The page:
Now, Rahab asks her how she ended up on the side of the road. Stella tells us that the previous evening it got dark before she could return home. And, because she is new to Nairobi, she still has troubles finding her way around. Then, in the darkness and confusion, she was accosted by some thieves who stole her cell phone. She was stranded and couldn’t call home for help.
Stella is a slumgirl. One of the 1.4 billion people who live at or below the poverty line. She struggles to survive every day with less money than you pay for an unnecessary bottle of water.
Rahab assures Stella that everything is okay now, and then tells us to all join hands, and Rahab leads us in prayer. Again, Rahab is not pushy, she has no affectations or ulterior motive. She is simply compassionate; righteous without being self-righteous. Her prayer is probably one of the most affecting moments I’ve ever experienced. I open my eyes in the middle of the prayer to observe the three women around me as Rahab continues to speak. The pastor, the beautician, and the slumgirl all have their heads bowed; all eyes strain, almost wincing; this betrays powerful emotions festering under their closed, worshipping lids. The moment hits me, and tears begin to fill my eyes. The prayer ends and everybody says, “Amen.” Except me, I was too busy quickly trying to wipe my tears away before the others opened their eyes. But they saw. Again, no judgment. Rahab told me, bluntly, “Say Amen.” I obliged, still wiping my eyes. We all chuckled.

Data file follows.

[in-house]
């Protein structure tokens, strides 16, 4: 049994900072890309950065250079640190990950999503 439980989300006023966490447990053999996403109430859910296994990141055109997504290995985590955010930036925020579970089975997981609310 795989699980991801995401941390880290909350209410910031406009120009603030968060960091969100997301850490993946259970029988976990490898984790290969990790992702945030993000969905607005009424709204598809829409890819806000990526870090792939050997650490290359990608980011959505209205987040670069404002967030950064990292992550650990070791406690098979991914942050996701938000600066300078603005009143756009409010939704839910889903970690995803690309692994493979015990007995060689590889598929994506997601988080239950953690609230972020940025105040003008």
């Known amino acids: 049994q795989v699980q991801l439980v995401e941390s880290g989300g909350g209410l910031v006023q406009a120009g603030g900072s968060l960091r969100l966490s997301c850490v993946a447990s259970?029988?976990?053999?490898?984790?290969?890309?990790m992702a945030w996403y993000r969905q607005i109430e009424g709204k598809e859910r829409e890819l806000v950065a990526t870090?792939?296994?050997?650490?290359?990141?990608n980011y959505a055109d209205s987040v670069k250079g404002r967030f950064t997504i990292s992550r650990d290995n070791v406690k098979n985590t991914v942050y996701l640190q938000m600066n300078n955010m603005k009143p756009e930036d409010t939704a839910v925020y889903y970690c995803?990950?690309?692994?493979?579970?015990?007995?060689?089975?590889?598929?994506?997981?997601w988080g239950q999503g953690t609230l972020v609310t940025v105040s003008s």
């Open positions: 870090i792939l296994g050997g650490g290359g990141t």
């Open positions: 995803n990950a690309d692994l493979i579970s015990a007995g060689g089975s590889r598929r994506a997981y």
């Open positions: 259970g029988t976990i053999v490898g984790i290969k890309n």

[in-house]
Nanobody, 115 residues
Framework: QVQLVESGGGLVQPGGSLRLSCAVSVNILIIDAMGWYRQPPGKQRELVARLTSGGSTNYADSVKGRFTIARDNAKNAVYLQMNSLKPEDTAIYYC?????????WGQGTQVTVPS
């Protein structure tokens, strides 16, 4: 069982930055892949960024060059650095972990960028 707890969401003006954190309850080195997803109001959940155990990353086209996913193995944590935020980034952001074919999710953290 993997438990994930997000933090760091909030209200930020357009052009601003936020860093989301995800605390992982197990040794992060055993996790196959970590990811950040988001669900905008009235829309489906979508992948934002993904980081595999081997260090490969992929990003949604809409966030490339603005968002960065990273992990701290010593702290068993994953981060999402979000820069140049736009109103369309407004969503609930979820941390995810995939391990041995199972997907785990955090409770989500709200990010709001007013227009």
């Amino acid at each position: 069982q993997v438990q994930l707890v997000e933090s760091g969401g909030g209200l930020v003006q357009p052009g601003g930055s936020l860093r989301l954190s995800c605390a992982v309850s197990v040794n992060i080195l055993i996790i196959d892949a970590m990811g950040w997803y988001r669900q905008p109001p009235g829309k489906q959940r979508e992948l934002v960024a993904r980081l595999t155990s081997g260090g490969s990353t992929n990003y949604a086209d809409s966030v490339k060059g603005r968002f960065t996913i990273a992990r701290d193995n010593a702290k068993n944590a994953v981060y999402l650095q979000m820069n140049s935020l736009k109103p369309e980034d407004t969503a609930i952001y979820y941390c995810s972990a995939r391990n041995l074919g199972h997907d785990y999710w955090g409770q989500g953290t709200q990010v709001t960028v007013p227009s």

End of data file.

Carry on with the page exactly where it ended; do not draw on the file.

After this is all over and we say our goodbyes and farewells to Stella, Rahab drops me off at Westgate Mall. After I hug her, she departs and I have finally arrived at my original destination. I walk inside the ostentatious edifice of Westgate, and I feel uneasy. I grab a cart and enter the Kenyan retailer known as Nakumatt (redolent of a WalMart or a Costco). Many wazungu push their carts mindlessly down the countless aisles of countless products –starring at the shelves as if these shelves are about to divulge some life-changing secret. These people are as unconscious of their surroundings as Stella was when I first came across her. Westgate, this seat of affluence and luxury, a mere two blocks away from where she lay on the wayside, unconscious, for over six hours. This, I realize, is a microcosm of our broader world.
And I wondered why I felt uneasy when I stepped into Westgate. And you’ll now wonder why you feel uneasy about buying a bottle of water. Rahab has God, Stella has life, and we…well, we have Westgate—and, of course, bottled water.”